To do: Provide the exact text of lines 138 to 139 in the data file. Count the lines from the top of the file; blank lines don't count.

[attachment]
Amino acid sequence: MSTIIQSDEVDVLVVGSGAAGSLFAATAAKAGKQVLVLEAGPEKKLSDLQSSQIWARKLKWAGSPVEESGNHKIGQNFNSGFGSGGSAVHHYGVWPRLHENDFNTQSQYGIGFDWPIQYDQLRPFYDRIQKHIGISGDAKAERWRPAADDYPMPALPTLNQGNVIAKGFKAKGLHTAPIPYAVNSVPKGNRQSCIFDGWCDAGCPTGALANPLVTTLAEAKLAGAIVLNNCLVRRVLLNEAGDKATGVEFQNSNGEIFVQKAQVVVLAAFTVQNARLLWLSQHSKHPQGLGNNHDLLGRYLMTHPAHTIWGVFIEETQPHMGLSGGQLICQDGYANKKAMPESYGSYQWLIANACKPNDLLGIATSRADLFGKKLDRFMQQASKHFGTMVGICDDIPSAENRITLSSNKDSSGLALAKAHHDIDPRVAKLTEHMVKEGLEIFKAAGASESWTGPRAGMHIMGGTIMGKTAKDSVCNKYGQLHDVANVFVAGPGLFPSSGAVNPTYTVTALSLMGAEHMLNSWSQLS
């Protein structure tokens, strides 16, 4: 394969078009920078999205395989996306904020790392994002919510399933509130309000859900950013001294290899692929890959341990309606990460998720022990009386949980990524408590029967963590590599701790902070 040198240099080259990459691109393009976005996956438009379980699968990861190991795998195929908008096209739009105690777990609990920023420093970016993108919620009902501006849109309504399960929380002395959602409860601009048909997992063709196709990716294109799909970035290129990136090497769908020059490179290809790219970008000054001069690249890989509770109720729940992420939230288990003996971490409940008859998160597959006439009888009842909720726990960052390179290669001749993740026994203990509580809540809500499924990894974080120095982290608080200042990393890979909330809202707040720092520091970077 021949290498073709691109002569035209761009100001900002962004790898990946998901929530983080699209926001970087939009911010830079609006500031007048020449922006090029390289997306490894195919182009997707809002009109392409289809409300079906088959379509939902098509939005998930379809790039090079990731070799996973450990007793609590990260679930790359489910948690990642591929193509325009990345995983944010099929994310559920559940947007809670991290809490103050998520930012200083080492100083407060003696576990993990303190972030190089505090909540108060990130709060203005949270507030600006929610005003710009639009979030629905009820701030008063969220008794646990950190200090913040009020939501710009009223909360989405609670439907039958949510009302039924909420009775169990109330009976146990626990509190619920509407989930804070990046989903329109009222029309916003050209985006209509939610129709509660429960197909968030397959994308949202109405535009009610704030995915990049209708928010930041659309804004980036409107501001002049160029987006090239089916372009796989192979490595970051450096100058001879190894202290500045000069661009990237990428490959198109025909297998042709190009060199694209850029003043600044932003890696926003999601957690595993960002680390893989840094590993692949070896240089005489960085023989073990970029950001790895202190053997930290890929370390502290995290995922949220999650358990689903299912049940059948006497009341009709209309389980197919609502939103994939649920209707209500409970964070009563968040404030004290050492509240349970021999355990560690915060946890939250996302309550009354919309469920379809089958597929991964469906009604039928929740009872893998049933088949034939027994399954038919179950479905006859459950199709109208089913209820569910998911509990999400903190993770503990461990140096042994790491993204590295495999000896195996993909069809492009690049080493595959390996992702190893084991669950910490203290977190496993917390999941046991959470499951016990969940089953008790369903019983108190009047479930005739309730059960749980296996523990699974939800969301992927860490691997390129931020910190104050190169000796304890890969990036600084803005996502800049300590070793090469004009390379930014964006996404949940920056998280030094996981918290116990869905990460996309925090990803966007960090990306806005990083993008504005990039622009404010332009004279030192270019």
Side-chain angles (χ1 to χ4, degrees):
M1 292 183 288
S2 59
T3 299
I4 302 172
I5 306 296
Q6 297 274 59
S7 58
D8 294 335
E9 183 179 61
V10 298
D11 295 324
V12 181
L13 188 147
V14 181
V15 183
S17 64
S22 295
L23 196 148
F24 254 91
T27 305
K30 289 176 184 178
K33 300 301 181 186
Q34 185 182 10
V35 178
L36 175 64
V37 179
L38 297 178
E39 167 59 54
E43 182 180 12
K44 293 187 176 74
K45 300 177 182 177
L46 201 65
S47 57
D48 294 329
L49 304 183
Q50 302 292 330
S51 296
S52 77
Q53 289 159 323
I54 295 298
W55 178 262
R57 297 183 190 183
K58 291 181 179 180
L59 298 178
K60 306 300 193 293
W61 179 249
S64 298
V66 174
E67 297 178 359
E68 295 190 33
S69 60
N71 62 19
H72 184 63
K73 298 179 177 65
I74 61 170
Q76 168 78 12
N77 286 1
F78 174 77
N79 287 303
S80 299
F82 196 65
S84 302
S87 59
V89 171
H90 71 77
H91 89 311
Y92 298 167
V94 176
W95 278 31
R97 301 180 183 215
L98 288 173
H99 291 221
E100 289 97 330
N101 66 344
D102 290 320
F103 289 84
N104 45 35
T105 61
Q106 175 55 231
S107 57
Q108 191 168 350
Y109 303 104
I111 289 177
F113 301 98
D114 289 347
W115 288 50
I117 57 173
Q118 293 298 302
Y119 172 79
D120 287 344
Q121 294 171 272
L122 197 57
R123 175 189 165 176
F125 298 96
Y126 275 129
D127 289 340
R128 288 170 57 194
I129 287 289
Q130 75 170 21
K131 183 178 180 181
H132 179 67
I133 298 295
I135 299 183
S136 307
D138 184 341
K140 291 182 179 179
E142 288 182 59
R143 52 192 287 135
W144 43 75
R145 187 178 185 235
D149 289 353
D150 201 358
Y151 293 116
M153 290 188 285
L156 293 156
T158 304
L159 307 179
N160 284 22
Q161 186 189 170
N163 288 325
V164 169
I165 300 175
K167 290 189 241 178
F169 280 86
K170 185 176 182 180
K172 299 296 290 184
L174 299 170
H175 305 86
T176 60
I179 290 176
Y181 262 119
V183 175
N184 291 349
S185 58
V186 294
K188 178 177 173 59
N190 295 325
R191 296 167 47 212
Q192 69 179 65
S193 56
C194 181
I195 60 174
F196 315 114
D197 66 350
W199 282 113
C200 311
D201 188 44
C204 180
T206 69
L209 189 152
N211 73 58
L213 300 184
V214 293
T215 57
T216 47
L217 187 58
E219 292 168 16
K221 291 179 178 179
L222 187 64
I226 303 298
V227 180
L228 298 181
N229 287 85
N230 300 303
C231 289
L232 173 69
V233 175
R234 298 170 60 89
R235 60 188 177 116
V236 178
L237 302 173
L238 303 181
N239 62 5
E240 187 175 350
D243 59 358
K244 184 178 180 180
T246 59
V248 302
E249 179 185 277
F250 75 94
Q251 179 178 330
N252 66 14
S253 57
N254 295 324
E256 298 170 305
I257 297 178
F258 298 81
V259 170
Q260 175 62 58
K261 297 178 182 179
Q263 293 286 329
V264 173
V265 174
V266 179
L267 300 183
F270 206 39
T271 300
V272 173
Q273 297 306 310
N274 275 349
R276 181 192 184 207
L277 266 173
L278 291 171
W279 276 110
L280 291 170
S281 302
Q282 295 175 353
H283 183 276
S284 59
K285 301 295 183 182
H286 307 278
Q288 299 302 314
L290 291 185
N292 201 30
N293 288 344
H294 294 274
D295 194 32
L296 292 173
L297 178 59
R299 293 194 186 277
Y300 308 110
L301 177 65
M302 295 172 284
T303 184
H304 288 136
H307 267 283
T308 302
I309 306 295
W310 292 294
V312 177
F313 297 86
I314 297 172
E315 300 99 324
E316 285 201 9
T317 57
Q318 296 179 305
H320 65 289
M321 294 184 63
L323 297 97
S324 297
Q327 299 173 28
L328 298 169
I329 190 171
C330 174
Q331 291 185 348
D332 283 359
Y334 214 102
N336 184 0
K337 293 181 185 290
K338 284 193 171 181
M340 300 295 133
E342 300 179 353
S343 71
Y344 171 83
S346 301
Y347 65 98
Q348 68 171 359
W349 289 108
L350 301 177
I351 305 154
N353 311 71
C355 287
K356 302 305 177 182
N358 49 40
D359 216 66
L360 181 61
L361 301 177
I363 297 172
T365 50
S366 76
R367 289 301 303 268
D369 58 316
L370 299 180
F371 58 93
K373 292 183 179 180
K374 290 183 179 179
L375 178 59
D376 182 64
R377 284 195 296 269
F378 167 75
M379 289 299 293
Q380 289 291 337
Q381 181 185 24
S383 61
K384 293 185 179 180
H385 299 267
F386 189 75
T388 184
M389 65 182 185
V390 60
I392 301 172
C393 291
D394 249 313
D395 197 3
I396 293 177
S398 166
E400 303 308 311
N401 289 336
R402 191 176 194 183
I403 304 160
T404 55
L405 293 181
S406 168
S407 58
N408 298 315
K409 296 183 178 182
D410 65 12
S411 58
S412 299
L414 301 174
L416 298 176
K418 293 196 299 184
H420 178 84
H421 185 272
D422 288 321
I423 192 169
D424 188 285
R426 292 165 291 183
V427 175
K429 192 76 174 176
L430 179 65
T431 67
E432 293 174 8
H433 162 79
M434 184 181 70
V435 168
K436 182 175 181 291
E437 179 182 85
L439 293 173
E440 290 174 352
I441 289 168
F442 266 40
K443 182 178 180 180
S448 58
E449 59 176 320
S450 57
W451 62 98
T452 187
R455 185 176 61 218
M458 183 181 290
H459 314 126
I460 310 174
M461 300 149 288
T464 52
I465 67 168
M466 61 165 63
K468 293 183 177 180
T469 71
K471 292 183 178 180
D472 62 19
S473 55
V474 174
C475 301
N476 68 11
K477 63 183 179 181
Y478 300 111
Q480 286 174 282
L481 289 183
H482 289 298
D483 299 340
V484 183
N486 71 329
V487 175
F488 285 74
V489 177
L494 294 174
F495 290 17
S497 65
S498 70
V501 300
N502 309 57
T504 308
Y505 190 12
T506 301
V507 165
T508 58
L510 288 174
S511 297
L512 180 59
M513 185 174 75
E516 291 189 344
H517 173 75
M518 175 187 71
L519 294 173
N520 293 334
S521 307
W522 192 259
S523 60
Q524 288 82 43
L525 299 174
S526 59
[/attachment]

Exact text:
V186 294
K188 178 177 173 59